Skip to main content

Hawaiian High Court Stops Blanket Approval of Outdated North Shore Development Plan

Victory: Requires developer to supplement 25 year old environmental review
April 9, 2010
Honolulu, HI —

Hawai'i's Supreme Court has issued a ruling requiring the owner of the Turtle Bay Resort on O'ahu's famous North Shore to update a 25 year old environmental impact statement (EIS) before proceeding with its massive resort expansion plans. Keep the North Shore Country, the Sierra Club, Hawai'i Chapter, and Earthjustice praised the decision overturning a 2-1 ruling by the State Intermediate Court of Appeals.


Keep the North Shore Country and Sierra Club, Hawai`i Chapter had challenged the 25 year old EIS because the analysis of impacts were so out of date, given the significant changes in the surrounding environment and community over a generation. The resort owner, Kuilima Resort Company, is seeking approval for five new hotels and 1000 luxury condos, which would forever alter the North Shore's rural community.


"This is a victory for common sense," said Robert D. Harris, Director of the Sierra Club, Hawai`i Chapter. "The purpose of an EIS is to ensure decision makers have reliable information about the human and environmental impacts of a proposed project," he continued. "Smart decisions are not based upon obsolete and wrong information."


The lower court ruling that the Supreme Court overruled concluded that no supplemental EIS would ever be required unless the "project itself" changed. The Supreme Court rejected this blanket rule and held that since "(1) over twenty years have passed since the approval of the 1985 EIS; (2) the evidence demonstrates that environmental impacts were examined only through 2000; and (3) the project is not yet completed," the project was an "essentially different action" and the original EIS was no longer valid. 


"Good decisions require good information," said Gil Riviere, President of Keep the North Shore Country. "Much has changed in the last two decades, most notably the rapid growth in traffic congestion along the narrow, two-lane Kamehameha Highway, the only regional roadway on the North Shore," said Riviere.  

"If the law means anything, it's that we can't make decisions today based on an environmental analysis done an entire generation ago. The Supreme Court recognized that 'any other result would be both absurd and contrary to public policy in Hawai'i,'" said Isaac Moriwake, an attorney for Earthjustice who filed a "friend of the court" brief on behalf of six state and national community organizations supporting the call for a new environmental analysis.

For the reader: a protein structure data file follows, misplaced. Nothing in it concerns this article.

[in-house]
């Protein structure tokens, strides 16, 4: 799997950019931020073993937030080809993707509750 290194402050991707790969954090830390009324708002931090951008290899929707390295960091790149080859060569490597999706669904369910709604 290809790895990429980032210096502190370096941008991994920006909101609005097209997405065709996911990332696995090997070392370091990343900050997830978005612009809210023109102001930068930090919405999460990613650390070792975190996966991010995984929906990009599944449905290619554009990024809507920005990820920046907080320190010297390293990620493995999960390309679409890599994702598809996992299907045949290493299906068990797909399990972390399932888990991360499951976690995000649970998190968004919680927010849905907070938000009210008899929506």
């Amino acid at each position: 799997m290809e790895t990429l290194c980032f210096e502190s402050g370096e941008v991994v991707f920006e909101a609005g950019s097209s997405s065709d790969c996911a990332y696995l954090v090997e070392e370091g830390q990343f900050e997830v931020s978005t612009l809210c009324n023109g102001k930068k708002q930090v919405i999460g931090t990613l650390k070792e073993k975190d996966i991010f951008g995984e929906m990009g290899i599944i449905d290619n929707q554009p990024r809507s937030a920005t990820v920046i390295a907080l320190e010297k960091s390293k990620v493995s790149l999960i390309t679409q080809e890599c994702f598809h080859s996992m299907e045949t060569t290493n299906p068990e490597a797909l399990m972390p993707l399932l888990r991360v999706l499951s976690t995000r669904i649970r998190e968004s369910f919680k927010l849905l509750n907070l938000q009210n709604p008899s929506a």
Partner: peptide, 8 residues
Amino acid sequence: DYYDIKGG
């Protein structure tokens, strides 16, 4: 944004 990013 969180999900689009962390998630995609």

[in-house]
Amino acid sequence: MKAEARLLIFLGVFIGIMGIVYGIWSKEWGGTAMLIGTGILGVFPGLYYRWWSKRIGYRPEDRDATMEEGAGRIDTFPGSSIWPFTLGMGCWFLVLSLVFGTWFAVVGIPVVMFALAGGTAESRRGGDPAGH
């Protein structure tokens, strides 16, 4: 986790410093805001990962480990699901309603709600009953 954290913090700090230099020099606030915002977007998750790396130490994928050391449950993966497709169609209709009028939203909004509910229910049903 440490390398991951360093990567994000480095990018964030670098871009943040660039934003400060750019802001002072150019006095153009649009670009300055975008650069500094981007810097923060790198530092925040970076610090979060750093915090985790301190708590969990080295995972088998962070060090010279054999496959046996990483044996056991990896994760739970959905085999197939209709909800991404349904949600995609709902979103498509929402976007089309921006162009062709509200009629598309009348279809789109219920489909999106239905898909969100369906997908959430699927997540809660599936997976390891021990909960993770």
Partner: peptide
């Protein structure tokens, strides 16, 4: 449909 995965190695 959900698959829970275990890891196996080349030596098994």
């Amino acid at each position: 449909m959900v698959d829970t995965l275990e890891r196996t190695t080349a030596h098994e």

The six groups, Conservation Council for Hawai'i, Surfrider Foundation, Hawai'i's Thousand Friends, Life of the Land, Maui Tomorrow Foundation, and KAHEA: The Hawai'i Environmental Alliance, all felt obliged to get involved because of the importance of this case and the precedent it sets.

"Kuilima Resort Company's reliance on its outdated EIS undermined community involvement," said Laura Moritz, an attorney representing Keep the North Shore Country and Sierra Club, Hawaii Chapter. "As the Supreme Court determined, our laws are designed to ensure communities are involved in decisions affecting their future," she continued. "The North Shore community, including a whole new generation of residents that now live in this area, deserve to have their voices heard."

"The expansion plan is extremely unpopular due to concerns of over-development of the rural area, traffic gridlock, new environmental concerns such as endangered monk seals pupping on the resort property, and the likelihood of disturbing ancient Hawaiian burials," said Riviere. "Because of the Supreme Court's ruling, these concerns can now be addressed."


Read the decision (PDF)

Contacts

Isaac Moriwake, Earthjustice, (808) 599-2436
Robert D. Harris, Sierra Club, (808) 220-4306
Gil Riviere, Keep the North Shore Country, (808) 220-2280

About Earthjustice

Earthjustice is the premier nonprofit environmental law organization. We wield the power of law and the strength of partnership to protect people’s health, to preserve magnificent places and wildlife, to advance clean energy, and to combat climate change. We are here because the earth needs a good lawyer.